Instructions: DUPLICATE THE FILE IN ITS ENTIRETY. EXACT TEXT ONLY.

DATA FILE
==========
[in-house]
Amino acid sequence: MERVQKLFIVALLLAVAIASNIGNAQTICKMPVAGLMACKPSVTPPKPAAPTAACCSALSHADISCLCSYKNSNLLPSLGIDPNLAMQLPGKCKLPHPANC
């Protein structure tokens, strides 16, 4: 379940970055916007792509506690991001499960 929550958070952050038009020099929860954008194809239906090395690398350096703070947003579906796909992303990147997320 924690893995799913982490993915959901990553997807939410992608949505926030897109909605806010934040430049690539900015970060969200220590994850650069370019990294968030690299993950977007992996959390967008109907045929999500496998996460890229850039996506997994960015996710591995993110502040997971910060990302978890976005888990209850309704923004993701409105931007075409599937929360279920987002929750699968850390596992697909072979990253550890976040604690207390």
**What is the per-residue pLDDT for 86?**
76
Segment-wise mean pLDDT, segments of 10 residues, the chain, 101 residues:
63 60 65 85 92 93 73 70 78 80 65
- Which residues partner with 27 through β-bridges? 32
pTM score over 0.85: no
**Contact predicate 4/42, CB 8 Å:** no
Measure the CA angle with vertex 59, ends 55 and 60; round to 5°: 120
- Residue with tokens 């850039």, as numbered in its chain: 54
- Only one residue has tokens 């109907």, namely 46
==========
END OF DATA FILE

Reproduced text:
[in-house]
Amino acid sequence: MERVQKLFIVALLLAVAIASNIGNAQTICKMPVAGLMACKPSVTPPKPAAPTAACCSALSHADISCLCSYKNSNLLPSLGIDPNLAMQLPGKCKLPHPANC
């Protein structure tokens, strides 16, 4: 379940970055916007792509506690991001499960 929550958070952050038009020099929860954008194809239906090395690398350096703070947003579906796909992303990147997320 924690893995799913982490993915959901990553997807939410992608949505926030897109909605806010934040430049690539900015970060969200220590994850650069370019990294968030690299993950977007992996959390967008109907045929999500496998996460890229850039996506997994960015996710591995993110502040997971910060990302978890976005888990209850309704923004993701409105931007075409599937929360279920987002929750699968850390596992697909072979990253550890976040604690207390």
**What is the per-residue pLDDT for 86?**
76
Segment-wise mean pLDDT, segments of 10 residues, the chain, 101 residues:
63 60 65 85 92 93 73 70 78 80 65
- Which residues partner with 27 through β-bridges? 32
pTM score over 0.85: no
**Contact predicate 4/42, CB 8 Å:** no
Measure the CA angle with vertex 59, ends 55 and 60; round to 5°: 120
- Residue with tokens 């850039």, as numbered in its chain: 54
- Only one residue has tokens 């109907």, namely 46